BOSTON – Notorious gangster James "Whitey" Bulger told agents who arrested him last week that he returned to Boston in disguise and "armed to the teeth" several times during his 16 years on the run, prosecutors said Monday.
The revelations about Bulger's description of life on the lam were included in a memo filed Monday by federal prosecutors who are objecting to Bulger's request for a taxpayer-funded attorney.
Bulger, 81, the former leader of the Winter Hill Gang who is charged in connection with 19 murders, was arrested in Santa Monica, Calif., last week, after spending years on the FBI's Ten Most Wanted list. Bulger, who was also a top-echelon FBI informant, fled Boston after he was tipped by his former FBI handler that he was about to be indicted.
Bulger, while being brought back to Boston by federal agents, waived his Miranda rights and "admitted that he had been a frequent traveler as a fugitive," Assistant U.S. Attorneys Brian Kelly and Fred Wyshak Jr. said in their memo.
They said Bulger admitted traveling to Boston several times "armed to the teeth" because he "had to take care of some unfinished business."
"Bulger refused to elaborate on whom he visited, when exactly he visited, and who was with him on these trips to Boston," Kelly and Wyshak wrote.
"While Bulger also admitted that he had previously stashed money with people he trusted, he did not identify anyone who might be currently hiding his assets."
Bulger also said he visited Las Vegas to play the slots on numerous occasions and "claimed he won more than he lost." He also said he traveled to San Diego, then crossed the Mexican border into Tijuana to buy medications, according to the memo.
"The foregoing facts are of course significant because they indicate Bulger may have additional assets and/or allies willing to assist him in his current predicament," Kelley and Wyshak wrote in the memo.
The prosecutors also said Bulger told the U.S. Pretrial Services office in Los Angeles that his brother, former Massachusetts Senate President William Bulger, may be willing to help post bail for Catherine Greig, Bulger's longtime girlfriend who was arrested with him after the couple was found in California. Greig is charged with harboring a fugitive.
"Of course, if that is true, William Bulger might also be willing to pay for an attorney to represent his brother, James Bulger," prosecutors say in their memo.
William Bulger could not immediately be reached for comment. Messages were left with his attorney, Thomas R. Kiley, and a spokesperson.
Kelly and Wyshak said the court should require an affidavit from William Bulger and another Bulger brother, John, before deciding whether Whitey Bulger is entitled to a public defender.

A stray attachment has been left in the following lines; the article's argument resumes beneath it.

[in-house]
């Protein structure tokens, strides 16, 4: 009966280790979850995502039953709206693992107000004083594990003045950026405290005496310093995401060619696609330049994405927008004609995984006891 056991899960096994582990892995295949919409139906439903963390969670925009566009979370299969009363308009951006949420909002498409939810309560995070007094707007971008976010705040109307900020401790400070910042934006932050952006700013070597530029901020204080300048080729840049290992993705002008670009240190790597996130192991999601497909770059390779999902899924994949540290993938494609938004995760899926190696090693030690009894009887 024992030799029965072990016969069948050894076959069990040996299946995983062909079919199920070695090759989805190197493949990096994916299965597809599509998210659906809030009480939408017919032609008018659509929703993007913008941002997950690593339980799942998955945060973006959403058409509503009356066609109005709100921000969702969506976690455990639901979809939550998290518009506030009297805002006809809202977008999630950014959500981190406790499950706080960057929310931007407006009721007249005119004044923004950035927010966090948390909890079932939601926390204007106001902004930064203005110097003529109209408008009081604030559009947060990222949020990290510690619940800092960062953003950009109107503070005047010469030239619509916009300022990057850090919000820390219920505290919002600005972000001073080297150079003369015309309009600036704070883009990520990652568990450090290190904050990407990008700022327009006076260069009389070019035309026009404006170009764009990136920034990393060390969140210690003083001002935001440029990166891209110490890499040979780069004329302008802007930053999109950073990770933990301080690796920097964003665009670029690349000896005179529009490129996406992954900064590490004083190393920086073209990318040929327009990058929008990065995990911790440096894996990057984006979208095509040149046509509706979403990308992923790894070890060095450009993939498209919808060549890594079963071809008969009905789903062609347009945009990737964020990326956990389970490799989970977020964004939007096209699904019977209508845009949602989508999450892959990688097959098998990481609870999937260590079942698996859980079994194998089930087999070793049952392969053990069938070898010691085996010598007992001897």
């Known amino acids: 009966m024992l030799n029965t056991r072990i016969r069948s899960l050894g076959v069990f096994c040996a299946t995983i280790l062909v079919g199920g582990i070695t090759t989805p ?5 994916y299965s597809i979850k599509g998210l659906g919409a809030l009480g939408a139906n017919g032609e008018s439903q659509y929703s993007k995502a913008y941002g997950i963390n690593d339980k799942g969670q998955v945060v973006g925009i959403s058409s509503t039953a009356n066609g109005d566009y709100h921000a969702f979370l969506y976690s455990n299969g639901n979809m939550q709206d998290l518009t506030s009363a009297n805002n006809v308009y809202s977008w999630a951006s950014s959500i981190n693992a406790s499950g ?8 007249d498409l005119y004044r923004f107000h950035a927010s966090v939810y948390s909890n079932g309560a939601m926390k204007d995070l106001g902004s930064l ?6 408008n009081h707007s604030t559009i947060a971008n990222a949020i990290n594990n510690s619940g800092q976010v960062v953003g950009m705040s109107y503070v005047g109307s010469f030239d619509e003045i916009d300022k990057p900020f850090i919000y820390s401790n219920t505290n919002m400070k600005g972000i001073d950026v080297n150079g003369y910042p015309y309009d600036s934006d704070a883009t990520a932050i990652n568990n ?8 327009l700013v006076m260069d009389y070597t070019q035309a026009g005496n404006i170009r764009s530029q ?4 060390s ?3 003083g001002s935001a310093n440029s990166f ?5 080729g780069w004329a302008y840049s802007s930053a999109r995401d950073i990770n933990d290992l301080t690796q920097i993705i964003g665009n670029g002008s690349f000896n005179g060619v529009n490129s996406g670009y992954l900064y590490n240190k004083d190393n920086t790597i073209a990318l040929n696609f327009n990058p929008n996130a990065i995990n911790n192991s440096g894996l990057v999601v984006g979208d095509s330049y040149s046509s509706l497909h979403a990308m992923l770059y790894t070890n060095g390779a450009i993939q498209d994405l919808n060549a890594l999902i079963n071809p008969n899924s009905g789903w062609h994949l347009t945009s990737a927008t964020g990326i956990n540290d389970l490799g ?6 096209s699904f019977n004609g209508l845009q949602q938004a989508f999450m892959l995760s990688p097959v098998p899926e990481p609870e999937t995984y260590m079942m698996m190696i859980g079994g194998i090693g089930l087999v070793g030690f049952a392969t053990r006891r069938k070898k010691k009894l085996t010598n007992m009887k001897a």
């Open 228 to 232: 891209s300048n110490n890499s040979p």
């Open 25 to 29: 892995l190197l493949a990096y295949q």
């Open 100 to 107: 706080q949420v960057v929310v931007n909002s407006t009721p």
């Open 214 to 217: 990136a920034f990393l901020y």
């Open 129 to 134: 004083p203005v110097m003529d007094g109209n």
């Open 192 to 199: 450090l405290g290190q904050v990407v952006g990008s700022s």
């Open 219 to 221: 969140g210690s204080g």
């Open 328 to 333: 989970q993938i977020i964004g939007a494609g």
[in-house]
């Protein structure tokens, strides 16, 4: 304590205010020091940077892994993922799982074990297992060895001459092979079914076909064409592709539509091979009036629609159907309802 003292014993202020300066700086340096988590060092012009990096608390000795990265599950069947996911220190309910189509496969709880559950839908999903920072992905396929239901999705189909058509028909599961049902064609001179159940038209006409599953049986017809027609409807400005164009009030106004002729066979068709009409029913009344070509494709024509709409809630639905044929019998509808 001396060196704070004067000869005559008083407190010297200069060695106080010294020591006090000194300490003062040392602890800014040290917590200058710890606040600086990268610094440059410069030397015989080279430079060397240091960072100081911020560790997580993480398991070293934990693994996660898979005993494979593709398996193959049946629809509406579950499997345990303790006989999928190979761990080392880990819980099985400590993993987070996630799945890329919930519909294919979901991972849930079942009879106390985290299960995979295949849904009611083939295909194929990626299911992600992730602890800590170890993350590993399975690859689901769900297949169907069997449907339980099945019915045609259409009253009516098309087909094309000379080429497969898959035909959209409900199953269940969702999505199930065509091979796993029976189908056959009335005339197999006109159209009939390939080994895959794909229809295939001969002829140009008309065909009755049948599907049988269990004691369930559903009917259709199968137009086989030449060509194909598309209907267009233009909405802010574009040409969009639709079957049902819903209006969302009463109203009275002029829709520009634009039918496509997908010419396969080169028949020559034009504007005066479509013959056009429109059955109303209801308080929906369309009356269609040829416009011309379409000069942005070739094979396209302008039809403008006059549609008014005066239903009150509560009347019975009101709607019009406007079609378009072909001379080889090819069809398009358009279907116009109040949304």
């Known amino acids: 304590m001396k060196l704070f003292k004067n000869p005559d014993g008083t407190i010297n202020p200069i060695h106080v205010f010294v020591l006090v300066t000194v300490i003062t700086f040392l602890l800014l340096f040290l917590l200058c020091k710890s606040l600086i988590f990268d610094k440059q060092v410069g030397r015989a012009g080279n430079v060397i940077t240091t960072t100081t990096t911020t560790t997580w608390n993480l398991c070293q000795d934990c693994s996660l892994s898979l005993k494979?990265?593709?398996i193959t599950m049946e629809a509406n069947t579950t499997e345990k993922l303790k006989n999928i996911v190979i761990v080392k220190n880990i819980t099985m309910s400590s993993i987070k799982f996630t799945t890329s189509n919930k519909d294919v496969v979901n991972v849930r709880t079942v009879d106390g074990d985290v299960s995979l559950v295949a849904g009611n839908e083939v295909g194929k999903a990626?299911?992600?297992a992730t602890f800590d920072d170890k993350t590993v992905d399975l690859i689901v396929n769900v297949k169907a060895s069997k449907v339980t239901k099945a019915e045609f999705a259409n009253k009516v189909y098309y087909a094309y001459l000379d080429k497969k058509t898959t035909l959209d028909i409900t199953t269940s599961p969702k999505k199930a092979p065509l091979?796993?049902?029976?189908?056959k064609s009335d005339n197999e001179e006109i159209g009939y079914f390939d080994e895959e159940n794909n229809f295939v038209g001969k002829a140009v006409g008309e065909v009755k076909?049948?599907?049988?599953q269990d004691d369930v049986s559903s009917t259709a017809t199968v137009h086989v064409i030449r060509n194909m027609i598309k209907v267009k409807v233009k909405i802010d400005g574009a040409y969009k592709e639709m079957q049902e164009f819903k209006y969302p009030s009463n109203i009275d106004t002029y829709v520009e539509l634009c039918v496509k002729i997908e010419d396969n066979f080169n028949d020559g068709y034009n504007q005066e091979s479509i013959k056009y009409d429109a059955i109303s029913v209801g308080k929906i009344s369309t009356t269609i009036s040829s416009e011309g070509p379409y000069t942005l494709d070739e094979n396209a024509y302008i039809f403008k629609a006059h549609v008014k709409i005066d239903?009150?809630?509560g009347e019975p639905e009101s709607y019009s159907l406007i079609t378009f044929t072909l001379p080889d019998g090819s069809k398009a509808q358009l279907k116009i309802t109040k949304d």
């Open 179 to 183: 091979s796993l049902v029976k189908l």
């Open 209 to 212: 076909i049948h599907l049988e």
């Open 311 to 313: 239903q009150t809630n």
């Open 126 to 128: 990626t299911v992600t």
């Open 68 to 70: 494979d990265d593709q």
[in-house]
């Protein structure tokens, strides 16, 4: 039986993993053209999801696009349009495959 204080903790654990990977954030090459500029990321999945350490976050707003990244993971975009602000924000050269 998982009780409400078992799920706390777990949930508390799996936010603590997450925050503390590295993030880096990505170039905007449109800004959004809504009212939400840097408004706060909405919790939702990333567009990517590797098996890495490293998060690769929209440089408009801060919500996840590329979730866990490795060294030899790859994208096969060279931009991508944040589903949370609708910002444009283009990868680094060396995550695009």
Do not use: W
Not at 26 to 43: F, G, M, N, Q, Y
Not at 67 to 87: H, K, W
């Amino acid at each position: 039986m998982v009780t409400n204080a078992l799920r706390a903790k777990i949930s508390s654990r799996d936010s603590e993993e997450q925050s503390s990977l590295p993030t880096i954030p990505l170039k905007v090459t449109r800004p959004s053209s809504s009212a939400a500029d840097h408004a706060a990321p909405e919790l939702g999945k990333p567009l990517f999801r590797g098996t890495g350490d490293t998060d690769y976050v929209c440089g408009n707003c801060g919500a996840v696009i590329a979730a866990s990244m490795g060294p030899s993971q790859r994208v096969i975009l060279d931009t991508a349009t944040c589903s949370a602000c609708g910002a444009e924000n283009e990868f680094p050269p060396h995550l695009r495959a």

Peter Krupp, an attorney who represented Whitey Bulger at his initial appearance in court last week, said no one in Bulger's family has offered to help him pay for his defense.
"Mr. Bulger has not and will not request any members of his extended family to pay anything for his defense, nor can he control any family member's assets to pay anything for his defense," Krupp wrote in a memo arguing that Bulger does not have the money to pay for a private attorney.
"His family has not come forward to hire counsel, and there is no evidence to support the government's surmise that extended family members might be willing and able to hire counsel or make some contribution toward the cost of hiring counsel," Krupp wrote.
In their memo, prosecutors say that during his 16 years on the run, Bulger "financed a relatively comfortable lifestyle" for himself and Greig. After he was arrested, agents found $822,198 in cash in his apartment, much of it in packages containing $100 bills that were hidden inside a wall, prosecutors said.
Kelly said in court last week that prosecutors plan to seek forfeiture of the money. Money that is earned illegally is subject to forfeiture to the government.
U.S. District Court Judge Mark Wolf will hold a hearing Tuesday on Bulger's request for a public defender.
In an order issued Sunday, Wolf urged prosecutors and Krupp to try to reach an agreement on the issue. In his order, Wolf said the determination of whether a defendant is entitled to a public defender is made on the basis of income and assets available to the defendant.
"Assets that have been seized or restrained pending possible forfeiture are not considered to be available to retain counsel," Wolf wrote.
A lawyer for one of Bulger's victims won a lien on the cash found in Bulger's apartment, which means the money will be frozen for now. U.S. District Court Judge William Young issued the order Friday.
A judge will decide later whether the victim, Julie Dammers, or the government will get the money, said Boston attorney Anthony Cardinale, who represents Dammers.
Dammers and her ex-husband, Stephen Rakes, say they were forced at gunpoint to sell their liquor store to Bulger. The lien was requested by Dammers and the bankruptcy trustee for Rakes.
Cardinale said the money should be used to help pay off an unpaid civil judgment Rakes and her ex-husband received. The 2005 judgment, including interest, is now up to about $31.5 million, Cardinale said.
Bulger's girlfriend, who originally asked for a public defender, withdrew that request and hired Kevin Reddington, a high-profile criminal defense lawyer from Brockton. Greig, who is charged with harboring a fugitive, has a detention hearing scheduled in court Thursday.
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